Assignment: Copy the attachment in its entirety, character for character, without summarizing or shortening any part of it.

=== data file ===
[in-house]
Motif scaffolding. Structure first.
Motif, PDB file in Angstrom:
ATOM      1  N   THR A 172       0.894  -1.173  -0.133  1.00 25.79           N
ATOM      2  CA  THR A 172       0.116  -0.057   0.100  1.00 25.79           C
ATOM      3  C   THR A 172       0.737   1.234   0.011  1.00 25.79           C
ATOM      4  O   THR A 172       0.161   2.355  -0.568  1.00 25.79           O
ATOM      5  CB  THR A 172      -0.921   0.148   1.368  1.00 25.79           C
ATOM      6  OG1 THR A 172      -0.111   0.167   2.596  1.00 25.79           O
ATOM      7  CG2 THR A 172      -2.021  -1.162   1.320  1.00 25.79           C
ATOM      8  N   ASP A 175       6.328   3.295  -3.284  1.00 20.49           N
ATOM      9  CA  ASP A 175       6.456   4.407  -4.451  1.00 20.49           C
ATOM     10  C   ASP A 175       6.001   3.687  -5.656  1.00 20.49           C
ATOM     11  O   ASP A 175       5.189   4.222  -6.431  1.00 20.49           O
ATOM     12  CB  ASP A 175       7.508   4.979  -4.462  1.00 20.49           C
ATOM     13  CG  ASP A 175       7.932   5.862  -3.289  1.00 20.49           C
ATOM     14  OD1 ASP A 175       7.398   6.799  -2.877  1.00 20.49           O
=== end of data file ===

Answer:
[in-house]
Motif scaffolding. Structure first.
Motif, PDB file in Angstrom:
ATOM      1  N   THR A 172       0.894  -1.173  -0.133  1.00 25.79           N
ATOM      2  CA  THR A 172       0.116  -0.057   0.100  1.00 25.79           C
ATOM      3  C   THR A 172       0.737   1.234   0.011  1.00 25.79           C
ATOM      4  O   THR A 172       0.161   2.355  -0.568  1.00 25.79           O
ATOM      5  CB  THR A 172      -0.921   0.148   1.368  1.00 25.79           C
ATOM      6  OG1 THR A 172      -0.111   0.167   2.596  1.00 25.79           O
ATOM      7  CG2 THR A 172      -2.021  -1.162   1.320  1.00 25.79           C
ATOM      8  N   ASP A 175       6.328   3.295  -3.284  1.00 20.49           N
ATOM      9  CA  ASP A 175       6.456   4.407  -4.451  1.00 20.49           C
ATOM     10  C   ASP A 175       6.001   3.687  -5.656  1.00 20.49           C
ATOM     11  O   ASP A 175       5.189   4.222  -6.431  1.00 20.49           O
ATOM     12  CB  ASP A 175       7.508   4.979  -4.462  1.00 20.49           C
ATOM     13  CG  ASP A 175       7.932   5.862  -3.289  1.00 20.49           C
ATOM     14  OD1 ASP A 175       7.398   6.799  -2.877  1.00 20.49           O